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FSA sets out ’emerging threats’

Payment protection insurance, child trust funds, mortgage disclosure documents and venture capital trusts have all been included in a new list of emerging retail risks drawn up by the FSA.

In what it says is an unprecedented move, the regulator has published the main product-related risks that its retail markets busin- ess unit will target this year, how they are identified and how it will address them.

The threats identified by the FSA include contracting out of the state second pension, the child trust fund, variable interest rates, income withdrawal after age 75 under pensions simplification and distribution bonds.

The FSA says it uses a combination of sources to identify emerging retail risks, including market data, sales levels of products, financial promotion and discussions with firms.

The regulator will hold talks with firms selling the products on its hit list and conduct mystery shopping this summer with certain providers to gather any evidence of misselling for a report this year.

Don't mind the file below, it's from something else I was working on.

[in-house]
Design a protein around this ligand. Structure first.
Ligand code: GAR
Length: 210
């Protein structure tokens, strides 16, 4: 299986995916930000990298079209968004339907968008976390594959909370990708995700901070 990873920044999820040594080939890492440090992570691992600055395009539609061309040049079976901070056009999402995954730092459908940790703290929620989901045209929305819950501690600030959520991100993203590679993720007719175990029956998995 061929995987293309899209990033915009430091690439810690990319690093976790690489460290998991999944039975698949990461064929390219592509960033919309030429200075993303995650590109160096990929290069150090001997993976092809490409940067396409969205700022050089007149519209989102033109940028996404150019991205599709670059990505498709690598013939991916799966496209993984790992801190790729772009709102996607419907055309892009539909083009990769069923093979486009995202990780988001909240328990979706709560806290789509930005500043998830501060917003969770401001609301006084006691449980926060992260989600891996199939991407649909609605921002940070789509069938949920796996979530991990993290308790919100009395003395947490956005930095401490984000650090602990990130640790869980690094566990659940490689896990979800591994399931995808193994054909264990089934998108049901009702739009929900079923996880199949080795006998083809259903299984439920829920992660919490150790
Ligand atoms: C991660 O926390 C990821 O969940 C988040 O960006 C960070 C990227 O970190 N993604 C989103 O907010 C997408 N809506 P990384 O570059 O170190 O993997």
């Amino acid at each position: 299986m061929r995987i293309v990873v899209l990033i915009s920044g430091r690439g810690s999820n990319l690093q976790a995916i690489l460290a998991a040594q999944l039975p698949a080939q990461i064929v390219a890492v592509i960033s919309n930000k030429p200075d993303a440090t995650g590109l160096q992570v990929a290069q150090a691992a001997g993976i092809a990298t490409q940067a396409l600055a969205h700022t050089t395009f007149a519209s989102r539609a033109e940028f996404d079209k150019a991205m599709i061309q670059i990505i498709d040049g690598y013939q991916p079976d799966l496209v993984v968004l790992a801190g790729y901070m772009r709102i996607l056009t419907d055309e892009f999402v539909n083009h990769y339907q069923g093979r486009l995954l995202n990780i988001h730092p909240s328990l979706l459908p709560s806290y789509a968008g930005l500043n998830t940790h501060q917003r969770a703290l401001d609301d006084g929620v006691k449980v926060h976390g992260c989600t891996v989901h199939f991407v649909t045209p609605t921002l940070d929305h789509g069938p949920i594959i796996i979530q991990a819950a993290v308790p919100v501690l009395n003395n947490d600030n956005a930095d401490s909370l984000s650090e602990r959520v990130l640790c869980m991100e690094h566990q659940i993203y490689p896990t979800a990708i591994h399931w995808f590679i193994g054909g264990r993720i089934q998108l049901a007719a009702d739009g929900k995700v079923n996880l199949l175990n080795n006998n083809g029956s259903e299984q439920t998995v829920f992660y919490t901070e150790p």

FSA spokesman Robin Gordon-Walker says, “Prevention is better than cure. Like we did with VCTs earlier this year, we are trying to pick up these threats early. At the moment we have may have some anecdotal evidence of risks but we do not have as much evidence as we need. We will report back on the results in due course.”

Aifa director general David Severn warns that the regulator could create panic in the market and scare off investors. He says: “The FSA is treading a fine line here because you can create risks with any financial product. The FSA should not create unnecessary fear in the market because this could put people off investing.”


ABI is not backing compulsion for pensions

The headline and first para-graph of the article, ABI disappointment as Labour seems to rule out compulsion (Money Marketing, April 14), gives the misleading impression that the Association of British Insurers has undergone some sort of Damascene conversion and is now in favour of compulsion for individual pension savings.

Woolwich explores the fast lane

Woolwich Plan Managers accelerated growth plan issue 6 is a FTSE 100 linked capital-protected bond available with a six-year or three-year term.

PFS is simply an irrelevance

I have all due respect for Harry Katz’s prowess as an industry commentator and fellow contributor to these pages but I do wonder whether or not there is any point to what seems to be his ongoing feud with John Ellis over the purpose or relevance of the Personal Finance Society, as the LIA and the Sofa have now become.


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